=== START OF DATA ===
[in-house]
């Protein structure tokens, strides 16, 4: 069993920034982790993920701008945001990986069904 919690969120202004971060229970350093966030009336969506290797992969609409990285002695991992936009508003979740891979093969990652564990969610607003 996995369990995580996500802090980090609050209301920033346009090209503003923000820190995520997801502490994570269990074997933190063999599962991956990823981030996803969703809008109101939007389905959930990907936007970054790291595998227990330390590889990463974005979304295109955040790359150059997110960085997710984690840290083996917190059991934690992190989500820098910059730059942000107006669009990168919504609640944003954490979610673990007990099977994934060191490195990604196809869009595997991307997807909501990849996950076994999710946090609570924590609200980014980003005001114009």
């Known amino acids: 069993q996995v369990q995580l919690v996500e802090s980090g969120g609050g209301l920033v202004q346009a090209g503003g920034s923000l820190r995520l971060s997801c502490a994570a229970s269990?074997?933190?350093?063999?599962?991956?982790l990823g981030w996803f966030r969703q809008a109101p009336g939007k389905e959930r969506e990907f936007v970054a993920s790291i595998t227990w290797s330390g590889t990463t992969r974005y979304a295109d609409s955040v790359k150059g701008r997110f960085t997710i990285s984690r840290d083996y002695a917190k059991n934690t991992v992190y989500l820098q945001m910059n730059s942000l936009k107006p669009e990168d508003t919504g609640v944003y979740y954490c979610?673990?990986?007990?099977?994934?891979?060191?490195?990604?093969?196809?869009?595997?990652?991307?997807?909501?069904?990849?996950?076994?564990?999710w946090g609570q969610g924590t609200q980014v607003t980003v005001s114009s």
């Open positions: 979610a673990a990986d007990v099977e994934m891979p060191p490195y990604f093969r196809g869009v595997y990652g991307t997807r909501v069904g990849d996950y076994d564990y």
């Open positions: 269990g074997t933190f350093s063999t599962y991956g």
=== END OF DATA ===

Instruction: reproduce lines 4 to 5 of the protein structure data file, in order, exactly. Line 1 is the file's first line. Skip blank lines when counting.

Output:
């Open positions: 979610a673990a990986d007990v099977e994934m891979p060191p490195y990604f093969r196809g869009v595997y990652g991307t997807r909501v069904g990849d996950y076994d564990y």
């Open positions: 269990g074997t933190f350093s063999t599962y991956g």